(And what's the point of encouraging potential tourists to do the second part?)
Because of that, the state is looking to draw in more tourists and launched an advertising campaign Thursday that hopes to help potential visitors think of New Hampshire in new ways, according to the Associated Press. Part of the new tourism push includes a play on that old motto.Continue reading...
Posted by Mark J. Miller on April 2, 2012 04:01 PM
To most of the world, Brooklyn is a place that once was home to Jackie Robinson and the Dodgers. For all time, it’s been mostly envisioned culturally as a working-class, ethnic-rich borough filled with (depending on the era) plenty of kids playing stickball, unbelievable street basketball, Mafioso, or young toughs. Like Saturday Night Fever’s Tony Manero, everybody in Brooklyn is supposedly looking to get across the Bridge into a supposedly bigger, better, brighter life.
Throughout time, though, there are plenty that have been perfectly happy staying in Brooklyn. You can tell from some of the street signs welcoming motorists there: “Believe the Hype!” “Welcome to Brooklyn – Home to Everyone From Everywhere!” “Name It…We Got It!” Not to mention the ones that some motorists see as they leave the borough: “Oy Vey!” or “Fuhgeddaboudit.”
These are likely the work of work of Borough President/Head Cheerleader Marty Markowitz, but there is another man who is also working to help showcase the borough’s brand: filmmaker Dustin Cohen, who is paying tribute to Brooklyn's artisans and heritage through a series of short films.Continue reading...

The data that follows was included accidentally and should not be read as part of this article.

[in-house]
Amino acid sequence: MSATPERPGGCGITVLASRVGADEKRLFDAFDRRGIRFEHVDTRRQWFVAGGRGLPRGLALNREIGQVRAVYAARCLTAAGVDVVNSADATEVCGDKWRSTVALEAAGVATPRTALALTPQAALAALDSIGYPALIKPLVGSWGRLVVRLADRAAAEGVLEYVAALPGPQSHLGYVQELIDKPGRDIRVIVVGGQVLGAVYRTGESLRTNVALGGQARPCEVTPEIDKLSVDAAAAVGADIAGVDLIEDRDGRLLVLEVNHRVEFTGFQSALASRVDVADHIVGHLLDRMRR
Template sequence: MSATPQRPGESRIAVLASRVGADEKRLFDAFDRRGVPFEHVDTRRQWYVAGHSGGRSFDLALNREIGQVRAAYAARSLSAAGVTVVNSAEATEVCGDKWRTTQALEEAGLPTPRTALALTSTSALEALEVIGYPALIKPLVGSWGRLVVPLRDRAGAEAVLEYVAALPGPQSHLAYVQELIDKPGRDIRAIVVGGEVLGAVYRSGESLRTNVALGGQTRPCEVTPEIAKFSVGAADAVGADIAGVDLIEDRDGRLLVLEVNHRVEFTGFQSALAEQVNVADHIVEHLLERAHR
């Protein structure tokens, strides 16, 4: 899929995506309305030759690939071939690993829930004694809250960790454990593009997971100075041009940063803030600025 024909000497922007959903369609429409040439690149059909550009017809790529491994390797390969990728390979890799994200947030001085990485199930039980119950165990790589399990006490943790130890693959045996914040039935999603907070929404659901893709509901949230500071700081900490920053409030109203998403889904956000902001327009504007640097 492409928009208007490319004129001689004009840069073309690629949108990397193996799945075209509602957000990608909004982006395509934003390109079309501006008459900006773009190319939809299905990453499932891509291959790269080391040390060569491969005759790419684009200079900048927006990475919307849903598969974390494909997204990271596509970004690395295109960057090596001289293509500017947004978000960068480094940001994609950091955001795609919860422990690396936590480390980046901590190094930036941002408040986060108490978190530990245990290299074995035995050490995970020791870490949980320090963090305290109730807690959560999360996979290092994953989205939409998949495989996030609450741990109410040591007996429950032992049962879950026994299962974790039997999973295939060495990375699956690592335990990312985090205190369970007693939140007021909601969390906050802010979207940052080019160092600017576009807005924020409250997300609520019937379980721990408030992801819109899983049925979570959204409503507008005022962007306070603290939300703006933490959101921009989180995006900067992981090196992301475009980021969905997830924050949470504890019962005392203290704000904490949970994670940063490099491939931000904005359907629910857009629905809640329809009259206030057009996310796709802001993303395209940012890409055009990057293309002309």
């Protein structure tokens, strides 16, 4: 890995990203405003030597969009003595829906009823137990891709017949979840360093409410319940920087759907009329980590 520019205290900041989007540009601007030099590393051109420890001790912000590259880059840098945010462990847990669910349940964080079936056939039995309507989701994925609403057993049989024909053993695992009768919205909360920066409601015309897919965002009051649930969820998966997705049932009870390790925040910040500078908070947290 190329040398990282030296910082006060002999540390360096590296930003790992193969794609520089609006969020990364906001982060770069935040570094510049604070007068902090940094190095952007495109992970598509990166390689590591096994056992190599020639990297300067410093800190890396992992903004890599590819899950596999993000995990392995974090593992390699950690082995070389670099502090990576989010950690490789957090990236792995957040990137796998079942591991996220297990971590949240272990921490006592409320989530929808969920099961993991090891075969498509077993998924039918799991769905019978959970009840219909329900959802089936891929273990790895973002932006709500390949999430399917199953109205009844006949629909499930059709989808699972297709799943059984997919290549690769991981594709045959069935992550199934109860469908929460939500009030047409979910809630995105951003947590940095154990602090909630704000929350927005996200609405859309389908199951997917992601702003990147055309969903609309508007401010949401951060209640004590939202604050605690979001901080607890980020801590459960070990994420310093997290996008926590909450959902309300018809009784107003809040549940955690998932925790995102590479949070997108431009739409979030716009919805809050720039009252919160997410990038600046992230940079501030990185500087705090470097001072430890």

Posted by Dale Buss on March 30, 2012 01:01 PM
High gasoline prices be damned. America's tourism operators smell not only spring but also summer in the air, and they're gearing up for a business season that seems to hold the most promise of any in several years.
Rising auto sales and other indicators suggest Americans will be more active travelers this year than last year even if they have to pay $4 a gallon or more for the gasoline to get there. And among other locales, tourism operators in economically struggling Michigan, as well as the many small towns and dusty little museums along Route 66, want you to know they're open for business.
In Michigan, a state-sponsored study just found that last summer's Pure Michigan national-advertising campaign, featuring voiceovers by Tim Allen, attracted a record number of out-of-state visitors to the "beautiful peninsula" last year. The $14-million campaign motivated more than 3 million trips to the state and a projected $1 billion in spending at state businesses, the study found.Continue reading...
Posted by Mark J. Miller on March 28, 2012 04:36 PM
American civil rights tourism is starting to be big business. The National Civil Rights Museum in Memphis is in the midst of a $27 million reno that’ll be finished in 2013 and the Smithsonian is opening a $500 million National Museum of African American History in D.C. in 2014, the same year that the $100 million National Center for Civil & Human Rights is set to open in Atlanta.
All that said, there are still some places that haven’t quite gotten to the museum-building part yet and are still just trying to just shake their own awful pasts. One Arkansas town that ran most of its black residents out of town back in 1905, burning down homes and shooting out windows, is hoping to let bygones be bygones and recast itself. The small town of Harrison, Arkansas, is now trying to rebrand itself now as a place that’s open to minorities of all stripes, the Associated Press reports.
In a town of 13,000, there are currently only 34 visible minorities that currently live in Harrison, but the town would like to draw more residents and businesses regardless of skin color, the AP adds. Town leaders have created a task force on race relations, invited a civil-rights speaker come in, and printed posters about the city’s past difficulties. But is it all whitewashing?Continue reading...